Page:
The lambs are about a week old and went out to pasture for the first time today. What an adventure! Here are Izzy’s twins, Erlend and Kristin.

Lambs_3 5_12_13

I’m not sure what is happening here, but I loved the picture!

Lambs_5 5_12_13

Tess is enjoying her first crack at motherhood. She has done very well!

Lambs_6 5_12_13

After all of the ewes and lambs had gone into the barn for the evening, I found this little one fast asleep in the grass. It was a very long day.

Lambs_1 5_12_13

New friends.


Ode to the Swatch

Swatch (swäch) = a sample piece or a collection of samples. (M-W)

Currently on exhibition in my studio…

For many knitters, acquiring a deep affection for the act of swatching can take some time. While we intellectually understand that our efforts are less likely to be fraught with false starts and needle changes if we take the time to make a sample, it can sometimes seem as if the swatch is simply standing between us and the bliss of casting-on.  Never an absolutist, I always keep a place in my work for projects where the planning process never interrupts the creative flow. I love the indulgence of diving into a project head-first at 2am with an artist’s abandon.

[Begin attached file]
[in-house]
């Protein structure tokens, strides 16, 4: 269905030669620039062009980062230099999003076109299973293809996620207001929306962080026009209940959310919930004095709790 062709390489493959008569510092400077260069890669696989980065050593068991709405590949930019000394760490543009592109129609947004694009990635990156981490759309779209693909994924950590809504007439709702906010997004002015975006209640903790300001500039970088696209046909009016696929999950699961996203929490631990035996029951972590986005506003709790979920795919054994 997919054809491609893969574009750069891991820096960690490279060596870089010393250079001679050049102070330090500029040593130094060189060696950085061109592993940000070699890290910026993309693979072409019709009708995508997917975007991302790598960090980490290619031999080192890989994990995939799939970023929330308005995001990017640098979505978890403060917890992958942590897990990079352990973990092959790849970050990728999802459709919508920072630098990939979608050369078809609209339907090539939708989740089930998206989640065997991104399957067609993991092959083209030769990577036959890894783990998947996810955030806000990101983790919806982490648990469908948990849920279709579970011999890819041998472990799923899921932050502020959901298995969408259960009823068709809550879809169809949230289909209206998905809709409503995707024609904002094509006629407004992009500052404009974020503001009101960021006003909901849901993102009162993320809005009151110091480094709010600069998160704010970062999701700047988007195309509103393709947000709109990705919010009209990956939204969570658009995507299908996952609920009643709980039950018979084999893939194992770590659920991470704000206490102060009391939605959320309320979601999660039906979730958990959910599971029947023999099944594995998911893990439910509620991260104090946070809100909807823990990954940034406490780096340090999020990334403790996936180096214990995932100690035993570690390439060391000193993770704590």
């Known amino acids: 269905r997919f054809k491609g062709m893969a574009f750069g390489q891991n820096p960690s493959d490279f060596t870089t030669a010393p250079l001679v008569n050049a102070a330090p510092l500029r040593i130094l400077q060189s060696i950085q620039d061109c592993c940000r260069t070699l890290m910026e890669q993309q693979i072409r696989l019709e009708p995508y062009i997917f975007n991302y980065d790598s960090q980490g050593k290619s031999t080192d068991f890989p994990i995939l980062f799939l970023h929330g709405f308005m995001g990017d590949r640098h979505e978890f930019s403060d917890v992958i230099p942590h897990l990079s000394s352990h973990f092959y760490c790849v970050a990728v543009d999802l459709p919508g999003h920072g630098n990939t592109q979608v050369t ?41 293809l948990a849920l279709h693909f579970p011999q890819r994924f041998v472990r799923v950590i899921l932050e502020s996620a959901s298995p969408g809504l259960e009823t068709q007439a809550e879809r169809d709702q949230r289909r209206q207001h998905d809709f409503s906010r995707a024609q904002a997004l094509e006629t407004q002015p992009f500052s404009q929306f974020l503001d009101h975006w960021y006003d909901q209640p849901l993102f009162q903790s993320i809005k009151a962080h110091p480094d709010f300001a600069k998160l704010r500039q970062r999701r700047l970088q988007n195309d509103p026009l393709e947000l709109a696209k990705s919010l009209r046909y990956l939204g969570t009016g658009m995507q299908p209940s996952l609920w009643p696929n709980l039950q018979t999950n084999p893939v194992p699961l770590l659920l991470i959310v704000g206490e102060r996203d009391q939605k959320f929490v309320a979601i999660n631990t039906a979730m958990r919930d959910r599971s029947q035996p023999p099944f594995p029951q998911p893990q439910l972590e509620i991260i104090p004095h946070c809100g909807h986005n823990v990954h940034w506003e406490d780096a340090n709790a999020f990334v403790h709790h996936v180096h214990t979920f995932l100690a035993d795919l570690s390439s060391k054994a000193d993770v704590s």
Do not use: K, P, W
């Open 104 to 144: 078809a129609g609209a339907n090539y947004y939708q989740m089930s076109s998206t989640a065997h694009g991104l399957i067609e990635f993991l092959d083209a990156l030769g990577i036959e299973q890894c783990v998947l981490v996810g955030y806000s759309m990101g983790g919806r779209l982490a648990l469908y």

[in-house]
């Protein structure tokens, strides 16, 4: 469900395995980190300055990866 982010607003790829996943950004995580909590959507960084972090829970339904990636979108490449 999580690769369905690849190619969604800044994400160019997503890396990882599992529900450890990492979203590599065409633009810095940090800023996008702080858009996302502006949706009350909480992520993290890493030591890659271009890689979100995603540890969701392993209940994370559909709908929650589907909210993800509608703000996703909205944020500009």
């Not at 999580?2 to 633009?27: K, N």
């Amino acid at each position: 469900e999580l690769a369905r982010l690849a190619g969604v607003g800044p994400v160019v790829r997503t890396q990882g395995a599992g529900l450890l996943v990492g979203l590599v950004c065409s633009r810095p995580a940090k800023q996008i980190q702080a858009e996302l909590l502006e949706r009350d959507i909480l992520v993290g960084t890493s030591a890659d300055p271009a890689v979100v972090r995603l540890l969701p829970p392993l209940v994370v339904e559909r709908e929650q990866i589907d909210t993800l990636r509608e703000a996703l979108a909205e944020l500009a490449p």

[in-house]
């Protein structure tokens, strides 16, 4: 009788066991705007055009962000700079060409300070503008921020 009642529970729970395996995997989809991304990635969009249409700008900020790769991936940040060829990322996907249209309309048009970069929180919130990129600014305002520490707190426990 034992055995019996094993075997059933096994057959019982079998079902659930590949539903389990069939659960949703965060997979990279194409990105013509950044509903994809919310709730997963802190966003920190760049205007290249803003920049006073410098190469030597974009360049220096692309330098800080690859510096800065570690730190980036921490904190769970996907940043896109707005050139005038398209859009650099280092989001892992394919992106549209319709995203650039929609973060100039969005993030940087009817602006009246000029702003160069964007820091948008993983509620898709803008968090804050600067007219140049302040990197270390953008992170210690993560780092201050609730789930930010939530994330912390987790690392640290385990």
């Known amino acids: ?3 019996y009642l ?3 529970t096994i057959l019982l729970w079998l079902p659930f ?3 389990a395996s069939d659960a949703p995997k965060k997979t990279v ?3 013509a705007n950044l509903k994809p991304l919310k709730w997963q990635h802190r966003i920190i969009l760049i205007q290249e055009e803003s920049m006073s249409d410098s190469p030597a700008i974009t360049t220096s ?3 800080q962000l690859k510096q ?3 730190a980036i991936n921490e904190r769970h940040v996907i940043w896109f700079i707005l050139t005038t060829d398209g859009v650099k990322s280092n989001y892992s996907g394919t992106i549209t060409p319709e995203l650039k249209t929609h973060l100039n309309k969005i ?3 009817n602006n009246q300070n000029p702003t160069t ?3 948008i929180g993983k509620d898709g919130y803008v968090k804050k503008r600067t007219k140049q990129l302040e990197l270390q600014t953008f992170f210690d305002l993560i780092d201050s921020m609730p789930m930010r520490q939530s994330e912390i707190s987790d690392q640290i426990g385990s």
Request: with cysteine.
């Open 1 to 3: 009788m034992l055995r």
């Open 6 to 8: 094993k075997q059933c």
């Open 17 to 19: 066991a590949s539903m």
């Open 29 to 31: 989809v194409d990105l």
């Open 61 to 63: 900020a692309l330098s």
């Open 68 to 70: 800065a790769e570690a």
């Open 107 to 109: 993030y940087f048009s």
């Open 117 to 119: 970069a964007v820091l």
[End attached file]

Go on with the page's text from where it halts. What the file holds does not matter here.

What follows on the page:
However, when I am spinning for specific knitting or crochet projects, I always swatch first. As handspinners, we can tweak a yarn in innumerable ways—drafting method, amount of twist in single and ply, number of plies, etc. I also often find that only half the work of swatching is in the actual creation of the swatch.  When I am planning a large project, I keep my samples and swatches with me as I move through the world to see how the colors interact in different types of light. I can carry them in my purse and see how the yarn holds up to wear. I also often pin my swatches on my studio wall where I will pass them often. I almost always end up changing things a bit and reswatching. My work improves through the process.

Much of my current work is handspun color-stranded knitting. (Color-stranding is when more than one yarn is used to knit a row and yarns are used alternately to create a graphic pattern.) Swatching is a necessity, so I often make the swatch itself a project. Fingerless mitts are a great way to test a yarn and pattern combination. I published this fingerless mitts pattern in the spring 2013 issue of Spin-Off Magazine.

SpinOff Swatch Mitts image-001

Swatch Mitts from Spin-Off Magazine Spring 2013. Photo: Joe Coca. Swatch Mitts on Ravelry.

I often use this pattern in my spinning and knitting workshops. For the sample mitts shown in the magazine, I used five colors of 2-ply fingering weight Shetland yarn.